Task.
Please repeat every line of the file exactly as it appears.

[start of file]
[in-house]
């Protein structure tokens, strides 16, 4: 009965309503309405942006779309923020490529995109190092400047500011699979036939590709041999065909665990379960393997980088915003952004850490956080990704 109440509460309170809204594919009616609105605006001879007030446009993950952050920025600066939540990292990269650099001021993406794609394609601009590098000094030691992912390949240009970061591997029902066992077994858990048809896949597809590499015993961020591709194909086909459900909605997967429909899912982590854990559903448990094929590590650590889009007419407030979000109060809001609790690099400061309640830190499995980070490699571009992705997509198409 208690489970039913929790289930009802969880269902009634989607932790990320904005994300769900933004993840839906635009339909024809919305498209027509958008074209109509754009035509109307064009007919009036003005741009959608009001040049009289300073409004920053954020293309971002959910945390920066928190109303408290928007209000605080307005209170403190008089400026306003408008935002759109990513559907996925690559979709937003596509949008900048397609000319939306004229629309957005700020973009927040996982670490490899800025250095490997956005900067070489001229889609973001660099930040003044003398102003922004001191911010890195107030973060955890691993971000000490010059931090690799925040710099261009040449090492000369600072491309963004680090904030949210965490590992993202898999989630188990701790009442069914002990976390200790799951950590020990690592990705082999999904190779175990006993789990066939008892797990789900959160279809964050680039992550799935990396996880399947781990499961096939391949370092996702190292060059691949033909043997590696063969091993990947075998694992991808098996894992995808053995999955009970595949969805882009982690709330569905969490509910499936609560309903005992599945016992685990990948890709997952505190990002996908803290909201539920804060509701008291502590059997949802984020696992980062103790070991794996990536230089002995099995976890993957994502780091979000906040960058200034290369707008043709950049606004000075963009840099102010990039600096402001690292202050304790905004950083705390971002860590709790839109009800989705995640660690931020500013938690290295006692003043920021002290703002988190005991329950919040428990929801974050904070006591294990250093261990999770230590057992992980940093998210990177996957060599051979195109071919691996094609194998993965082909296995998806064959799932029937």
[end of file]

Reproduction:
[in-house]
């Protein structure tokens, strides 16, 4: 009965309503309405942006779309923020490529995109190092400047500011699979036939590709041999065909665990379960393997980088915003952004850490956080990704 109440509460309170809204594919009616609105605006001879007030446009993950952050920025600066939540990292990269650099001021993406794609394609601009590098000094030691992912390949240009970061591997029902066992077994858990048809896949597809590499015993961020591709194909086909459900909605997967429909899912982590854990559903448990094929590590650590889009007419407030979000109060809001609790690099400061309640830190499995980070490699571009992705997509198409 208690489970039913929790289930009802969880269902009634989607932790990320904005994300769900933004993840839906635009339909024809919305498209027509958008074209109509754009035509109307064009007919009036003005741009959608009001040049009289300073409004920053954020293309971002959910945390920066928190109303408290928007209000605080307005209170403190008089400026306003408008935002759109990513559907996925690559979709937003596509949008900048397609000319939306004229629309957005700020973009927040996982670490490899800025250095490997956005900067070489001229889609973001660099930040003044003398102003922004001191911010890195107030973060955890691993971000000490010059931090690799925040710099261009040449090492000369600072491309963004680090904030949210965490590992993202898999989630188990701790009442069914002990976390200790799951950590020990690592990705082999999904190779175990006993789990066939008892797990789900959160279809964050680039992550799935990396996880399947781990499961096939391949370092996702190292060059691949033909043997590696063969091993990947075998694992991808098996894992995808053995999955009970595949969805882009982690709330569905969490509910499936609560309903005992599945016992685990990948890709997952505190990002996908803290909201539920804060509701008291502590059997949802984020696992980062103790070991794996990536230089002995099995976890993957994502780091979000906040960058200034290369707008043709950049606004000075963009840099102010990039600096402001690292202050304790905004950083705390971002860590709790839109009800989705995640660690931020500013938690290295006692003043920021002290703002988190005991329950919040428990929801974050904070006591294990250093261990999770230590057992992980940093998210990177996957060599051979195109071919691996094609194998993965082909296995998806064959799932029937």